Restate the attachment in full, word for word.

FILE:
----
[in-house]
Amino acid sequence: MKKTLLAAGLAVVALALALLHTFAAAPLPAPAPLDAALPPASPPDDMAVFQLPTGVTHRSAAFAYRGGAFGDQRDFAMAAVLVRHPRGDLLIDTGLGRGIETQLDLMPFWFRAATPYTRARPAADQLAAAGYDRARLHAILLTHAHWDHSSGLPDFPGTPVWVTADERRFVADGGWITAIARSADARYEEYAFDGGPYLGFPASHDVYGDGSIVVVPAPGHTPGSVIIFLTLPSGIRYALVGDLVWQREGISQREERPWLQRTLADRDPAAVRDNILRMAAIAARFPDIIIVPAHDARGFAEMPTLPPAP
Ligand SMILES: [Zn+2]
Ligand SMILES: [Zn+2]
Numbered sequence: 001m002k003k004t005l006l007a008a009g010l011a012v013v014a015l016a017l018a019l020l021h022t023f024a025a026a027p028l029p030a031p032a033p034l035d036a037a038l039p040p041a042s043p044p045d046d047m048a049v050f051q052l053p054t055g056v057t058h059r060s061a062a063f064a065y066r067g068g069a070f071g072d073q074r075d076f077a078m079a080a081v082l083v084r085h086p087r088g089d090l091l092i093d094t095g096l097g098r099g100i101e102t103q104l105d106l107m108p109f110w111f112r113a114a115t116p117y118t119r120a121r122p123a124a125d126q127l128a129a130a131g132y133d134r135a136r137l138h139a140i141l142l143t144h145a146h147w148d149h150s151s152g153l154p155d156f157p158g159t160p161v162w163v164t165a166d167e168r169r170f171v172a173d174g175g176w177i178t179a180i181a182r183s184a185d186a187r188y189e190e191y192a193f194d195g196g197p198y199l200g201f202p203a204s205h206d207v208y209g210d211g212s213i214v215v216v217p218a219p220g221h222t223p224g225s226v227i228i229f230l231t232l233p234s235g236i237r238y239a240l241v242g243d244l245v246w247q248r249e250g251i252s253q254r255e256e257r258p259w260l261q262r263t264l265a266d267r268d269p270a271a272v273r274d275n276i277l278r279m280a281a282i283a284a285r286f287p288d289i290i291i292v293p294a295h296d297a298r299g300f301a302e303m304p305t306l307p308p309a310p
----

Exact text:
[in-house]
Amino acid sequence: MKKTLLAAGLAVVALALALLHTFAAAPLPAPAPLDAALPPASPPDDMAVFQLPTGVTHRSAAFAYRGGAFGDQRDFAMAAVLVRHPRGDLLIDTGLGRGIETQLDLMPFWFRAATPYTRARPAADQLAAAGYDRARLHAILLTHAHWDHSSGLPDFPGTPVWVTADERRFVADGGWITAIARSADARYEEYAFDGGPYLGFPASHDVYGDGSIVVVPAPGHTPGSVIIFLTLPSGIRYALVGDLVWQREGISQREERPWLQRTLADRDPAAVRDNILRMAAIAARFPDIIIVPAHDARGFAEMPTLPPAP
Ligand SMILES: [Zn+2]
Ligand SMILES: [Zn+2]
Numbered sequence: 001m002k003k004t005l006l007a008a009g010l011a012v013v014a015l016a017l018a019l020l021h022t023f024a025a026a027p028l029p030a031p032a033p034l035d036a037a038l039p040p041a042s043p044p045d046d047m048a049v050f051q052l053p054t055g056v057t058h059r060s061a062a063f064a065y066r067g068g069a070f071g072d073q074r075d076f077a078m079a080a081v082l083v084r085h086p087r088g089d090l091l092i093d094t095g096l097g098r099g100i101e102t103q104l105d106l107m108p109f110w111f112r113a114a115t116p117y118t119r120a121r122p123a124a125d126q127l128a129a130a131g132y133d134r135a136r137l138h139a140i141l142l143t144h145a146h147w148d149h150s151s152g153l154p155d156f157p158g159t160p161v162w163v164t165a166d167e168r169r170f171v172a173d174g175g176w177i178t179a180i181a182r183s184a185d186a187r188y189e190e191y192a193f194d195g196g197p198y199l200g201f202p203a204s205h206d207v208y209g210d211g212s213i214v215v216v217p218a219p220g221h222t223p224g225s226v227i228i229f230l231t232l233p234s235g236i237r238y239a240l241v242g243d244l245v246w247q248r249e250g251i252s253q254r255e256e257r258p259w260l261q262r263t264l265a266d267r268d269p270a271a272v273r274d275n276i277l278r279m280a281a282i283a284a285r286f287p288d289i290i291i292v293p294a295h296d297a298r299g300f301a302e303m304p305t306l307p308p309a310p